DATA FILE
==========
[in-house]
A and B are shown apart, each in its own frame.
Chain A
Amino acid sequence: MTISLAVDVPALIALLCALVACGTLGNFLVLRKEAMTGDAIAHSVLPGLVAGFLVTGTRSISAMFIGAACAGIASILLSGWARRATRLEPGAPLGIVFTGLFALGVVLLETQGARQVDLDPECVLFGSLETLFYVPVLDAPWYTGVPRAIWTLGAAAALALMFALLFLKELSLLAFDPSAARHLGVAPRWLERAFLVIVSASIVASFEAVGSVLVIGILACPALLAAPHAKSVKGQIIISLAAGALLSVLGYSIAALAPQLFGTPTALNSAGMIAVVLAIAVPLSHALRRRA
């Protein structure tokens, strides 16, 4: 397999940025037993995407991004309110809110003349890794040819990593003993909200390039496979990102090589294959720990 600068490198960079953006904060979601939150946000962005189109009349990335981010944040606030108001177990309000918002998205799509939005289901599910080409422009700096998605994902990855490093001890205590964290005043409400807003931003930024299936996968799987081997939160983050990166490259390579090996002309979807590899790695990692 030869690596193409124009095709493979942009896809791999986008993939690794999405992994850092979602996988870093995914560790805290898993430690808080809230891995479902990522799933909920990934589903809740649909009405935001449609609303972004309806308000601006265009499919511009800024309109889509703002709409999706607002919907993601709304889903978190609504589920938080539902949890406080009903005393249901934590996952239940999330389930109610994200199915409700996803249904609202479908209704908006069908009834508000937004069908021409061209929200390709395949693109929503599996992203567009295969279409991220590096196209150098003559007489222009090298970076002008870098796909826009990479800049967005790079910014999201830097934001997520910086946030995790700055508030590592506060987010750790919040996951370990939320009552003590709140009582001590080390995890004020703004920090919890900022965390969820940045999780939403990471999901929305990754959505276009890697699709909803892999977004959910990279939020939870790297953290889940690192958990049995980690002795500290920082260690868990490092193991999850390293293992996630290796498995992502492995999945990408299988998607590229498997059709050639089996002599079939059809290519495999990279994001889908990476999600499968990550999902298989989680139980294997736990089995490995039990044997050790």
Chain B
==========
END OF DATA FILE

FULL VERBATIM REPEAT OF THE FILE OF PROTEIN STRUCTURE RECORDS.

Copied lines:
[in-house]
A and B are shown apart, each in its own frame.
Chain A
Amino acid sequence: MTISLAVDVPALIALLCALVACGTLGNFLVLRKEAMTGDAIAHSVLPGLVAGFLVTGTRSISAMFIGAACAGIASILLSGWARRATRLEPGAPLGIVFTGLFALGVVLLETQGARQVDLDPECVLFGSLETLFYVPVLDAPWYTGVPRAIWTLGAAAALALMFALLFLKELSLLAFDPSAARHLGVAPRWLERAFLVIVSASIVASFEAVGSVLVIGILACPALLAAPHAKSVKGQIIISLAAGALLSVLGYSIAALAPQLFGTPTALNSAGMIAVVLAIAVPLSHALRRRA
């Protein structure tokens, strides 16, 4: 397999940025037993995407991004309110809110003349890794040819990593003993909200390039496979990102090589294959720990 600068490198960079953006904060979601939150946000962005189109009349990335981010944040606030108001177990309000918002998205799509939005289901599910080409422009700096998605994902990855490093001890205590964290005043409400807003931003930024299936996968799987081997939160983050990166490259390579090996002309979807590899790695990692 030869690596193409124009095709493979942009896809791999986008993939690794999405992994850092979602996988870093995914560790805290898993430690808080809230891995479902990522799933909920990934589903809740649909009405935001449609609303972004309806308000601006265009499919511009800024309109889509703002709409999706607002919907993601709304889903978190609504589920938080539902949890406080009903005393249901934590996952239940999330389930109610994200199915409700996803249904609202479908209704908006069908009834508000937004069908021409061209929200390709395949693109929503599996992203567009295969279409991220590096196209150098003559007489222009090298970076002008870098796909826009990479800049967005790079910014999201830097934001997520910086946030995790700055508030590592506060987010750790919040996951370990939320009552003590709140009582001590080390995890004020703004920090919890900022965390969820940045999780939403990471999901929305990754959505276009890697699709909803892999977004959910990279939020939870790297953290889940690192958990049995980690002795500290920082260690868990490092193991999850390293293992996630290796498995992502492995999945990408299988998607590229498997059709050639089996002599079939059809290519495999990279994001889908990476999600499968990550999902298989989680139980294997736990089995490995039990044997050790």
Chain B